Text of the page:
My daughter Julie and I have written a book together entitled, “How to Build a Dragon or Die Trying, A satirical look at cutting edge science.”
The book will be out sometime in June most likely.
In How to Build a Dragon we, first of all, take a satirical tone as highlighted by the subtitle. We are somewhat poking fun at science hype in this book. Hopefully, you can get that gist just from the cover where the dragon’s fire is heating up the words “A Satirical Look”.
At the same time, we are literally going through how one might try to build a real dragon using actual science. For instance, one can try to use CRISPR gene editing at various steps along the way to confer dragon-like traits.
Another important difference in this book is that our intended audience is very broad. The book is meant to specifically be inclusive for young adults. We’ve written the book and had it edited in such a way as to be fun and appealing to a diverse audience including young and future scientists, but also current scientists.
Of course, Game of Thrones (GoT) and its dragons come up in the book as does Smaug from The Hobbit. Incidentally, what roles do you think the remaining 2 dragons will pay in GoT?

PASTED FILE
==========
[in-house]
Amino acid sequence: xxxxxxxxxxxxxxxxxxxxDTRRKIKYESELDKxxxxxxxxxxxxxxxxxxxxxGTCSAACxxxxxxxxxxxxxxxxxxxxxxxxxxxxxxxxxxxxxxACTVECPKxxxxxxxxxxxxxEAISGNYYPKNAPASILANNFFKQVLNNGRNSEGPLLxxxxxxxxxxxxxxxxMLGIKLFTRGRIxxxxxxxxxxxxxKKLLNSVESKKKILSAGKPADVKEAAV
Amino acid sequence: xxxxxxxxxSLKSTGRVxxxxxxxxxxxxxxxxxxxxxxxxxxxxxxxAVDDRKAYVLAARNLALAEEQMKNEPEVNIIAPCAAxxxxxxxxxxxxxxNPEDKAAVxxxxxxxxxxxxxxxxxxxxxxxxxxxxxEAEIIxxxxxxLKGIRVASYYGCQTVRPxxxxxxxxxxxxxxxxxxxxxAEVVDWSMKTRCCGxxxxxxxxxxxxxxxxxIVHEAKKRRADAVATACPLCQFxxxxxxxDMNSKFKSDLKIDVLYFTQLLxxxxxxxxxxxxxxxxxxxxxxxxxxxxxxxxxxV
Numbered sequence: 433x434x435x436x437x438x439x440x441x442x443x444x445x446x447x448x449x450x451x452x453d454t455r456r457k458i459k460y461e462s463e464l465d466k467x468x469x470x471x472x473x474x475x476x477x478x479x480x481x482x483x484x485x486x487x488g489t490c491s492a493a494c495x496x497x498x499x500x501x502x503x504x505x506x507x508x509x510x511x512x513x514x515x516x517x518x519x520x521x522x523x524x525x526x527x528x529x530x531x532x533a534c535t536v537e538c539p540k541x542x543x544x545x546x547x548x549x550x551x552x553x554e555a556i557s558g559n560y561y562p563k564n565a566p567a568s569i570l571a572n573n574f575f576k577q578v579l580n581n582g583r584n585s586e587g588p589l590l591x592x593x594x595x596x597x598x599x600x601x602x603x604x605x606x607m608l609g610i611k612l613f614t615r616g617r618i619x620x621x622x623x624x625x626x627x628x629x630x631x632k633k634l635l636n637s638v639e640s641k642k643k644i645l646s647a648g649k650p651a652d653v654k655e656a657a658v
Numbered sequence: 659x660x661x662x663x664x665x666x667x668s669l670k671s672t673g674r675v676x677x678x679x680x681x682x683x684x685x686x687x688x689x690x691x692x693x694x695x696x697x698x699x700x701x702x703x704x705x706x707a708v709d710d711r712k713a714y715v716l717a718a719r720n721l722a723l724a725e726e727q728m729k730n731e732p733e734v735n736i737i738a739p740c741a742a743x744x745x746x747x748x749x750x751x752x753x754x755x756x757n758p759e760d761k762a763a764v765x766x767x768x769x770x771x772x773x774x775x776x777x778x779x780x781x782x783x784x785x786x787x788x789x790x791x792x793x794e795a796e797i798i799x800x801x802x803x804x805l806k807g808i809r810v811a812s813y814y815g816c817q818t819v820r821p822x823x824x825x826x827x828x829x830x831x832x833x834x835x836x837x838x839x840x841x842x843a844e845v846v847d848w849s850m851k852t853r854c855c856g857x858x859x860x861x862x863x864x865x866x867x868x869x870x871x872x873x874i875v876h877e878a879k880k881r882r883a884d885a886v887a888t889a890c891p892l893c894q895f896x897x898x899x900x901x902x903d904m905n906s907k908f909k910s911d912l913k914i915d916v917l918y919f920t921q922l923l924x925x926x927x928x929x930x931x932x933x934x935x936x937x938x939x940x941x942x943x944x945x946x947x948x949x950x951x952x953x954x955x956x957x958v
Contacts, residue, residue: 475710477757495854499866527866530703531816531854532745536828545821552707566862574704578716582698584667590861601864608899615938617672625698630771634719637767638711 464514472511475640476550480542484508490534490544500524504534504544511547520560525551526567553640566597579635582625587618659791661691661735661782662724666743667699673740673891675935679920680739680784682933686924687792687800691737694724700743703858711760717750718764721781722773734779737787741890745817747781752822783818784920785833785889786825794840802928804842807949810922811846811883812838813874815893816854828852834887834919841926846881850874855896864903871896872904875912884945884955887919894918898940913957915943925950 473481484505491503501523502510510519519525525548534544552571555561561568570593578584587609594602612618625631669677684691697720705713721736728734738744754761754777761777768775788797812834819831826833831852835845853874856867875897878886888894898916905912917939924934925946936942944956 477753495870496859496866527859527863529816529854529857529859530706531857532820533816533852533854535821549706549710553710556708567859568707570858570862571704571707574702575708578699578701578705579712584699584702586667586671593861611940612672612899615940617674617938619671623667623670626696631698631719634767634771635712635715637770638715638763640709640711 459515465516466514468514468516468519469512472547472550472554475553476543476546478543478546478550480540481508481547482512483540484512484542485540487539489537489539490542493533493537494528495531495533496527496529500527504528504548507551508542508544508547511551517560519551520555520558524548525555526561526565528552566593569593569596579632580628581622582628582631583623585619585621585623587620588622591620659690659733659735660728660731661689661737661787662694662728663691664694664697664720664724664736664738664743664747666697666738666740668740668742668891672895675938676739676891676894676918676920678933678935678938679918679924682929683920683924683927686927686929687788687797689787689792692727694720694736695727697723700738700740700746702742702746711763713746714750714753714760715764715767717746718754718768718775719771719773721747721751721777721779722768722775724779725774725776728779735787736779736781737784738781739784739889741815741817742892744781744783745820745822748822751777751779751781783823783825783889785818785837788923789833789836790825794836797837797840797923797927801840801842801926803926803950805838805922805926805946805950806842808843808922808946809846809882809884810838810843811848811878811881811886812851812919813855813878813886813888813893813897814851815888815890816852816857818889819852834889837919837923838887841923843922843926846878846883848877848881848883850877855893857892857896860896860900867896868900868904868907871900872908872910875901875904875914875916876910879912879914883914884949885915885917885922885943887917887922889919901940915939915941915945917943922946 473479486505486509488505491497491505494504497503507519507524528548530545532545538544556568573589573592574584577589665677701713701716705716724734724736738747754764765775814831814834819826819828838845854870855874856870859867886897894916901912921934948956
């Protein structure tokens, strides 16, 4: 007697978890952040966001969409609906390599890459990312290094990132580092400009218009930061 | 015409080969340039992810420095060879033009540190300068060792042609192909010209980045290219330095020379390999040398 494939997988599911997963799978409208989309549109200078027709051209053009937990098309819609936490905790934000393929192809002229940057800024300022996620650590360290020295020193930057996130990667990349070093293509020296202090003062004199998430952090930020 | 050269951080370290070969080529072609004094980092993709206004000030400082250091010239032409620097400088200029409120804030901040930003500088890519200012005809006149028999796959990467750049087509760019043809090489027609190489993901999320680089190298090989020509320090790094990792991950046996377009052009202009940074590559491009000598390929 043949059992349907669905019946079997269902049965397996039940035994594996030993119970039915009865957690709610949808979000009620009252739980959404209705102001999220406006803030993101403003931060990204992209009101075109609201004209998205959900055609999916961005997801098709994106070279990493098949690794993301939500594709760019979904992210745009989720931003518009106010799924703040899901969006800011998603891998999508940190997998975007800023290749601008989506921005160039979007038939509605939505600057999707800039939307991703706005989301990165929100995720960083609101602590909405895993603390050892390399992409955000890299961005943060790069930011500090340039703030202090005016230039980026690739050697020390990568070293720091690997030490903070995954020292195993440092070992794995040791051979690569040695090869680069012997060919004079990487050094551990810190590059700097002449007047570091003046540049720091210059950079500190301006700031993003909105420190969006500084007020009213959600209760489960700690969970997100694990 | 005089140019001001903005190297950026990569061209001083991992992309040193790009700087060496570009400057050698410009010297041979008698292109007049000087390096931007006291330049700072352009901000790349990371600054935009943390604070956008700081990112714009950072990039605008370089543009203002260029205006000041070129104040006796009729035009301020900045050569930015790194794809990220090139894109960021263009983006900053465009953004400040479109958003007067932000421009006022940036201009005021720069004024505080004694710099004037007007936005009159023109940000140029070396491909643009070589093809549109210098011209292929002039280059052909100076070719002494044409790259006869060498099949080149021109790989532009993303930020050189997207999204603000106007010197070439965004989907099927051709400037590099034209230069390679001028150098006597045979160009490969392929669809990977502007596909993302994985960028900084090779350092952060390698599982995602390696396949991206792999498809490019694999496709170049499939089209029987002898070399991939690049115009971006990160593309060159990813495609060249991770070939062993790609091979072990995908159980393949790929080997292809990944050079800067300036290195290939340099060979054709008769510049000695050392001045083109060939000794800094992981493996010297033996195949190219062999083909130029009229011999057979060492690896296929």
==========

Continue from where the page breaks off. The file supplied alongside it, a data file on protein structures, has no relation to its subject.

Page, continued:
The idea for this book came from one of Julie’s past science projects. No, she didn’t build a dragon, but she briefly outlined how it might be done.
In working on this new book for a couple of years, one of the best parts of the research was learning more about striking real creatures who already have (or in the case of Pteranodons, had) amazing, real powers. One of the weirdest creatures is the Bombardier Beetle that can fire hot, burning chemical solutions out of its butt. While we want our dragon to breathe fire out the front end, the Bombardier is nonetheless pretty remarkable and its biochemistry could help with making a fire-breathing dragon.
Not surprisingly, stem cell technology also comes into play in planning for building a real dragon.
In the second to last chapter we write about using the same kinds of technologies to make real versions of other mythical creatures including unicorns.
We wrap up the book with the last chapter on ethical issues that could arise if we actually tried to build a dragon.
Once it’s out, we hope you will pick up a copy of How To Build a Dragon and enjoy it. In the meantime you can pre-order copies.
Let us know what you think of it after you read it.